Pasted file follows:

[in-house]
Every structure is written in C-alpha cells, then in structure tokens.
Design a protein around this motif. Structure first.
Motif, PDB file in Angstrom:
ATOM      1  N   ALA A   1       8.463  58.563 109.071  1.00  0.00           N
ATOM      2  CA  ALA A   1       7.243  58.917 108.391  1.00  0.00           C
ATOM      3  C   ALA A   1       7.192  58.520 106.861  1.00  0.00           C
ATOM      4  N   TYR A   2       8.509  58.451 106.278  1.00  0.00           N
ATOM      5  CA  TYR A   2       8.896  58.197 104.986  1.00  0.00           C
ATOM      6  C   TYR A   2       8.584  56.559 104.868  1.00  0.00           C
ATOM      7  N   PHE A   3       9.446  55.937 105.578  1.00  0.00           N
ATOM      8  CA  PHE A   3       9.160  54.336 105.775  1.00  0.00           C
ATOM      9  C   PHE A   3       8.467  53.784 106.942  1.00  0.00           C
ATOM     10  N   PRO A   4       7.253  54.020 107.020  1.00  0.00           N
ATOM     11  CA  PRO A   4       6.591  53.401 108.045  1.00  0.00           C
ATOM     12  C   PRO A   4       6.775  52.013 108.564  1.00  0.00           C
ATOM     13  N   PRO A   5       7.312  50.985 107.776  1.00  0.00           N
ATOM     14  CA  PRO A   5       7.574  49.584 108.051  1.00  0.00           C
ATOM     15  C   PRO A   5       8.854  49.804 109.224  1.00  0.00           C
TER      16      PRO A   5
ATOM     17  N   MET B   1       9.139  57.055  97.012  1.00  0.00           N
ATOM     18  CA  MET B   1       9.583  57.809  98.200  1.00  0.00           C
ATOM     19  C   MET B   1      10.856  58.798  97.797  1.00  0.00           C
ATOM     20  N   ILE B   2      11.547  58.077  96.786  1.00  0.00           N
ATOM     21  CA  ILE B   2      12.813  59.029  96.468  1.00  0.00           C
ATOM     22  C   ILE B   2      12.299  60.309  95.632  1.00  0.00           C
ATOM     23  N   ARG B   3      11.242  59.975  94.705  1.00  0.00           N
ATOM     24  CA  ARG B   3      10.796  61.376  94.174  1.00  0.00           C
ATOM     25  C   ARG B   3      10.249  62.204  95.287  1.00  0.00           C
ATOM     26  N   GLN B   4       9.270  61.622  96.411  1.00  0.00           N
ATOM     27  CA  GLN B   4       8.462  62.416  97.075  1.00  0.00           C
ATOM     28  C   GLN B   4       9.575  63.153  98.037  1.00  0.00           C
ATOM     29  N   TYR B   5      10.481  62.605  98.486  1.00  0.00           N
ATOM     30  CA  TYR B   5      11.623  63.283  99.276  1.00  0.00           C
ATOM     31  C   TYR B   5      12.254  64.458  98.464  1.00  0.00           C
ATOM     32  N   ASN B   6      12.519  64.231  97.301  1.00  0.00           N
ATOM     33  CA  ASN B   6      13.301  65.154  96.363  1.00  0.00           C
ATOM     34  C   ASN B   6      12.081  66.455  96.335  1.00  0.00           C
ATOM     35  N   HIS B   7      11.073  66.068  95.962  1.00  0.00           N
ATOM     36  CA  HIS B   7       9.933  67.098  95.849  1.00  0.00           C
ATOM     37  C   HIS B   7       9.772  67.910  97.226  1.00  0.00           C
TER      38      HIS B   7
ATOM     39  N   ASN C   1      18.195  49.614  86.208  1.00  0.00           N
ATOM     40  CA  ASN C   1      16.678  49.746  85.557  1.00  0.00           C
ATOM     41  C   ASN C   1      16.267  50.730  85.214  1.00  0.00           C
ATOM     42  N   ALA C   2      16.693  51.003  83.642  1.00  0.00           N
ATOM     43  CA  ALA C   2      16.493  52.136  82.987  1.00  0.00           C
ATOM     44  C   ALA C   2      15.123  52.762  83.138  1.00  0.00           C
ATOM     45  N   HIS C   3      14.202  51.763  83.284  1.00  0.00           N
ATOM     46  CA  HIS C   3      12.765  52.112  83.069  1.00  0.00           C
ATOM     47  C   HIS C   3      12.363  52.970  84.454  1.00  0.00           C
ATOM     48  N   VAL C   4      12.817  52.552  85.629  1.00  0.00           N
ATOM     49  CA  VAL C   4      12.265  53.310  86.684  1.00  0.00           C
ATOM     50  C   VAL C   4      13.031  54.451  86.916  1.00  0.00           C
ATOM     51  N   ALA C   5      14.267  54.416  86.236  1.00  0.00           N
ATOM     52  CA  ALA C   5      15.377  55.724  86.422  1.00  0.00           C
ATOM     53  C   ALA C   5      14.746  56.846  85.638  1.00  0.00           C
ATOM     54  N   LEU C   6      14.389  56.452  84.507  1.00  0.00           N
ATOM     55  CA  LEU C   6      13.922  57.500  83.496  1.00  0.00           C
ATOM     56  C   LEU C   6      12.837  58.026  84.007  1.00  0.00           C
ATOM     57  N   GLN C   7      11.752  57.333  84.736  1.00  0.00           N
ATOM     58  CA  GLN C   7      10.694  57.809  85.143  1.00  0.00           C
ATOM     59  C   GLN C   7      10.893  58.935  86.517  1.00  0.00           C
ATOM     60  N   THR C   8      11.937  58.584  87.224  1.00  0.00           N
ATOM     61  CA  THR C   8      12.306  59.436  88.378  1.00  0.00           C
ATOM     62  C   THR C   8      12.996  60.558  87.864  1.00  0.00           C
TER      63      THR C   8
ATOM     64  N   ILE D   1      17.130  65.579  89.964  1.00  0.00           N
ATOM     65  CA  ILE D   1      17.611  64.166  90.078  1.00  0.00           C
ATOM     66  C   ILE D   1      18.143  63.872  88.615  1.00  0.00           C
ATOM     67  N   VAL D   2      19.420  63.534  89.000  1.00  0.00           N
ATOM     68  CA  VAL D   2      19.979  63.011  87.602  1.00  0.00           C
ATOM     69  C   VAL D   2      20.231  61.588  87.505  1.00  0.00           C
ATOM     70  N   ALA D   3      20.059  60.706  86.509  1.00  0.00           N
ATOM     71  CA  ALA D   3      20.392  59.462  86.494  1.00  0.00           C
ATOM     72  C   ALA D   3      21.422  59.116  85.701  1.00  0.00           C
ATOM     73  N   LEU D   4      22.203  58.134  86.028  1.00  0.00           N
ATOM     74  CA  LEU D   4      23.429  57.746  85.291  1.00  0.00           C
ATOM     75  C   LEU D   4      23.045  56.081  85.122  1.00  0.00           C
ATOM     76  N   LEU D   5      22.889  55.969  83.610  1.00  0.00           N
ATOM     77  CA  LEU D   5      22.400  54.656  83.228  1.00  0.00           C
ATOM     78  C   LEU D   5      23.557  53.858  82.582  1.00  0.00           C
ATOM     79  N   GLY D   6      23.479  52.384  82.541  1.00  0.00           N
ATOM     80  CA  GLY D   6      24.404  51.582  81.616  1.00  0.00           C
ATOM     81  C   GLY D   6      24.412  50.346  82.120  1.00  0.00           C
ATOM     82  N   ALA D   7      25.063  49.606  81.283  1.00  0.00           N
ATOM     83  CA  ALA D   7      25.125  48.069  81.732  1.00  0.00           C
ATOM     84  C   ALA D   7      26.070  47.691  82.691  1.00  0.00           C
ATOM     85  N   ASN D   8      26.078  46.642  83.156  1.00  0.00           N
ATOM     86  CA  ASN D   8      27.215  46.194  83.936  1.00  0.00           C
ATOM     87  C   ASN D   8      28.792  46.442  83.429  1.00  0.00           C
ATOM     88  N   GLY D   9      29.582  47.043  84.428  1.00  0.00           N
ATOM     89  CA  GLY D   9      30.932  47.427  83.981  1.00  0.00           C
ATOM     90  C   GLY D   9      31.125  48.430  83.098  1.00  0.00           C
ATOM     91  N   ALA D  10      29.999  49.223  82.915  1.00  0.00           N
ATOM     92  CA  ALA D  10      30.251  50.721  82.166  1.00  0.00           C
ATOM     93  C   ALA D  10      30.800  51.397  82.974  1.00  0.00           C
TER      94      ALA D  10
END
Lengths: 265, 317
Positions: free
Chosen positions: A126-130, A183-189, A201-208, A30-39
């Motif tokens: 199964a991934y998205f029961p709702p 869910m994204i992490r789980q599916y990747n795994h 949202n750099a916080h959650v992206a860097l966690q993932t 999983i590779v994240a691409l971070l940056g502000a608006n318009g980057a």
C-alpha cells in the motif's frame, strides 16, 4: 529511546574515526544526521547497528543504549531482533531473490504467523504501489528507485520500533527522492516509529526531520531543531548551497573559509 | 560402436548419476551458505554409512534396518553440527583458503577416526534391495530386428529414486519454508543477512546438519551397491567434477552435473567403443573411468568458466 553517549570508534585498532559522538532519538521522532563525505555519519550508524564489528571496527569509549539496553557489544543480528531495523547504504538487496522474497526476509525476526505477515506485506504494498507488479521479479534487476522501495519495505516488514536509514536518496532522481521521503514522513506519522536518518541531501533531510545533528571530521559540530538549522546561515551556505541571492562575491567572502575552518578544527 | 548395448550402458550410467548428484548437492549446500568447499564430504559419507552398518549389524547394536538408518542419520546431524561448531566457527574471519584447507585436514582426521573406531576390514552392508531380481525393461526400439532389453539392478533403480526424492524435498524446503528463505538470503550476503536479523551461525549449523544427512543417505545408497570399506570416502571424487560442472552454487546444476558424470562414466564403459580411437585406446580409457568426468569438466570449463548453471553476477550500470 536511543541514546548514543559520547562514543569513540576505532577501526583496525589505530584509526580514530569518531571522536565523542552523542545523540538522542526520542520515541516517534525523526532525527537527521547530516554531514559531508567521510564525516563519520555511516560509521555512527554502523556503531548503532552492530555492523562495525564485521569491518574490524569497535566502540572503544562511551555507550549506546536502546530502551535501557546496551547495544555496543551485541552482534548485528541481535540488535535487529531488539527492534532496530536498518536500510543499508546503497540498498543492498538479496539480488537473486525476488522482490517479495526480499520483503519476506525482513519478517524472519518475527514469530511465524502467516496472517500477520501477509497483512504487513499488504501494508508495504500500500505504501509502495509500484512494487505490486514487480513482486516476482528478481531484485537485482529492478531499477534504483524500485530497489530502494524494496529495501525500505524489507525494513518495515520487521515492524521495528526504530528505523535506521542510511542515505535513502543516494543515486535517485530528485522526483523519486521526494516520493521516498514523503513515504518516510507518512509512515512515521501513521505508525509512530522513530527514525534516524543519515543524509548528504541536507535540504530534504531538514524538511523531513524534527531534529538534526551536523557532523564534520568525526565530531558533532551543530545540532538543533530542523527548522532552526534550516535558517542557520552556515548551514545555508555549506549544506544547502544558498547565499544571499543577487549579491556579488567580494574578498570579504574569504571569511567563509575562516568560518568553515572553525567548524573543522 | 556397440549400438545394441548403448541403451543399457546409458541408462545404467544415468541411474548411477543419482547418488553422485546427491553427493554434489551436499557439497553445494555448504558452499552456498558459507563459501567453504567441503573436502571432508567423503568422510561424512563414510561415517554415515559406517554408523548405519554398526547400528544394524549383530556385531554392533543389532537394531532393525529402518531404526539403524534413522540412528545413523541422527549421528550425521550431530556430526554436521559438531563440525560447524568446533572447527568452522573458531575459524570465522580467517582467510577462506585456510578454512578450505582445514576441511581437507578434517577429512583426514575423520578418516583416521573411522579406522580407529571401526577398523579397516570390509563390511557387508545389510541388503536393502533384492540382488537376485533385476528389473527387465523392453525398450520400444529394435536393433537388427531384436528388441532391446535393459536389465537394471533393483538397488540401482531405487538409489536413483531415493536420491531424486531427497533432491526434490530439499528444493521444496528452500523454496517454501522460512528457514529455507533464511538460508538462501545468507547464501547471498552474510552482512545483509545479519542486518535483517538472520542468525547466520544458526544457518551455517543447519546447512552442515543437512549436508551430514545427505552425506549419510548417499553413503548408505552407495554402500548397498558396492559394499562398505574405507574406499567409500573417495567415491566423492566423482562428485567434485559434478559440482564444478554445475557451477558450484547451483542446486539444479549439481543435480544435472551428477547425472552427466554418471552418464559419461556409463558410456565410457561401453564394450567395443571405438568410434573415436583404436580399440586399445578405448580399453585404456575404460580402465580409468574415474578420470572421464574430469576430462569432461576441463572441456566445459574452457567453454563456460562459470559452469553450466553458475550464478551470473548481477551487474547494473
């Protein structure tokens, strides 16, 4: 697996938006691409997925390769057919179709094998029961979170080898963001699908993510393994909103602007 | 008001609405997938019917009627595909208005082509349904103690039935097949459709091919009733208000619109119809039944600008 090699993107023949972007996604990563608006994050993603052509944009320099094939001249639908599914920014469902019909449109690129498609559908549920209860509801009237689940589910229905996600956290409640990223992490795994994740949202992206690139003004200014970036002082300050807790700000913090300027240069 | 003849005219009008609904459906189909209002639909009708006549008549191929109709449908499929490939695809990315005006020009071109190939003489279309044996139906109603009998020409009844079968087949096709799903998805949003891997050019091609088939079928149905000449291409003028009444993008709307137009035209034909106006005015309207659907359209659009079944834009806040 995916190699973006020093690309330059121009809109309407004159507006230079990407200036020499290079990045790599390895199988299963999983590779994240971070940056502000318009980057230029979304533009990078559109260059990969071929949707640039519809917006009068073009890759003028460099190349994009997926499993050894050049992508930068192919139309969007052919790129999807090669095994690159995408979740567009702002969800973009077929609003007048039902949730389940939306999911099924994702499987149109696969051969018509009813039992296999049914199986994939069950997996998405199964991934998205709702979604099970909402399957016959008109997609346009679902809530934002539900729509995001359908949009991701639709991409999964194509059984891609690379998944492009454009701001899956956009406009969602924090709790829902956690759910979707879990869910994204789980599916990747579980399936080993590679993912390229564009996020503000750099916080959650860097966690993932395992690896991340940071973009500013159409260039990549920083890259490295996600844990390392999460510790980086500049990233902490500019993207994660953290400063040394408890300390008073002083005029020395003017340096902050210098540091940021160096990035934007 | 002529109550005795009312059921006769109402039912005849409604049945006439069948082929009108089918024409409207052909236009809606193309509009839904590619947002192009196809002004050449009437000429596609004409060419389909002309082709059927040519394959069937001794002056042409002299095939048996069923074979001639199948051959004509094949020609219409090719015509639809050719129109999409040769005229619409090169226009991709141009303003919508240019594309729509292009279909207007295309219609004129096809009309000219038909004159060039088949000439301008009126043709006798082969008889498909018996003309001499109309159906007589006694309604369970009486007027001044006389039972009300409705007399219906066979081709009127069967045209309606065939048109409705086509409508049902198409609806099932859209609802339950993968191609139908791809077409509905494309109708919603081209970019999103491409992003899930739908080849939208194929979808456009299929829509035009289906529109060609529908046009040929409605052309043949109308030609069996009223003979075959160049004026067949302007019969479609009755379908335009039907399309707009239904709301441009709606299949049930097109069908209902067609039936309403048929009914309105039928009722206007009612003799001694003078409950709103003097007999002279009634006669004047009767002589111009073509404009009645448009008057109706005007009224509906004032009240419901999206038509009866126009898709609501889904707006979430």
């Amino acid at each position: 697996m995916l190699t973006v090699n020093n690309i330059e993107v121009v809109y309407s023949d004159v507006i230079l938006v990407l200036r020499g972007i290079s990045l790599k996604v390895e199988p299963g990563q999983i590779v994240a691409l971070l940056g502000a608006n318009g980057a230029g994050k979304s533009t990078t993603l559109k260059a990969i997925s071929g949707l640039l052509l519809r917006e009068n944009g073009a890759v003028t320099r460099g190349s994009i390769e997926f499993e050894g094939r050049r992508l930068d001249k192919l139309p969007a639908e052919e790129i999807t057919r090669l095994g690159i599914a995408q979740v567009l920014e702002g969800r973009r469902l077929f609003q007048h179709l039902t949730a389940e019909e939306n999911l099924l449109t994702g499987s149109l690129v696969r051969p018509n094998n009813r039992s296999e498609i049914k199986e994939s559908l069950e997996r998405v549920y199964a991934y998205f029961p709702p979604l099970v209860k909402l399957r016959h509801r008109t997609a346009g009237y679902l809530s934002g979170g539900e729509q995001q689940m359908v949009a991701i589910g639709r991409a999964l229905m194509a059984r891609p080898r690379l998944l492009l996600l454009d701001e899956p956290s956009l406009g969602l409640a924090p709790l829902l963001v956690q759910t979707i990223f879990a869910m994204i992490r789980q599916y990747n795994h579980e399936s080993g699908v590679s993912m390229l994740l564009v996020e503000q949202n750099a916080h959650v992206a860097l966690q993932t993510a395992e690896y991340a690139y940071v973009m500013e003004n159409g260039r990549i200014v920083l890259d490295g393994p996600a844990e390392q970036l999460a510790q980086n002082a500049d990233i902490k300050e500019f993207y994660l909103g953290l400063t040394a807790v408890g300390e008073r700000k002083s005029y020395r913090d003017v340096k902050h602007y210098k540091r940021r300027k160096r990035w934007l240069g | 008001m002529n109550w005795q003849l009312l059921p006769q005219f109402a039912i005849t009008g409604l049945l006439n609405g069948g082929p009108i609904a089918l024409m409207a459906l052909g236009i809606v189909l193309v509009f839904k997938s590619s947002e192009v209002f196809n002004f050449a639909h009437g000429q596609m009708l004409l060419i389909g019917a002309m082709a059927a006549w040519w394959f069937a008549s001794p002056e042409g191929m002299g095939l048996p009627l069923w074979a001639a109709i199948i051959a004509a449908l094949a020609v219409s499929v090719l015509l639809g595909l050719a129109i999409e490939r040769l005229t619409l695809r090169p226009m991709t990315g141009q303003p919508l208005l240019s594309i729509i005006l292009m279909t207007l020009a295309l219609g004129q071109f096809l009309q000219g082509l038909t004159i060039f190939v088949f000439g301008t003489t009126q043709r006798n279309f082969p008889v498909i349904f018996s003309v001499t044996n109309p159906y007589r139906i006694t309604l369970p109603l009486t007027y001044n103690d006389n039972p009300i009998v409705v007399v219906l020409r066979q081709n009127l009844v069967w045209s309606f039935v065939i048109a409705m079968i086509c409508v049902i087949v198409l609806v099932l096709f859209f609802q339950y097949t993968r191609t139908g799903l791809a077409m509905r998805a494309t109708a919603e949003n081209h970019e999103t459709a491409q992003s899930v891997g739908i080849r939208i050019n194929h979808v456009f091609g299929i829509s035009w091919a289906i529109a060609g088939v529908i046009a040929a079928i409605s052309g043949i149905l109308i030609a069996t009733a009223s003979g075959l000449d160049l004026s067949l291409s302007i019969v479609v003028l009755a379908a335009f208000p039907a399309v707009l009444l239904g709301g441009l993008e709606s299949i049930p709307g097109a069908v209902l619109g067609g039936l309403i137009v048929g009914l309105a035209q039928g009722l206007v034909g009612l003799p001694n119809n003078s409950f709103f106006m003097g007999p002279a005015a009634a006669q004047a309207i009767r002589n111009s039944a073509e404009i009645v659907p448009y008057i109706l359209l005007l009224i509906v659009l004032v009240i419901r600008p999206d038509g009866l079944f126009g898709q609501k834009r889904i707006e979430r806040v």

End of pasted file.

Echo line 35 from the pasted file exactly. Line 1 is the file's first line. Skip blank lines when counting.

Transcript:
ATOM     31  C   TYR B   5      12.254  64.458  98.464  1.00  0.00           C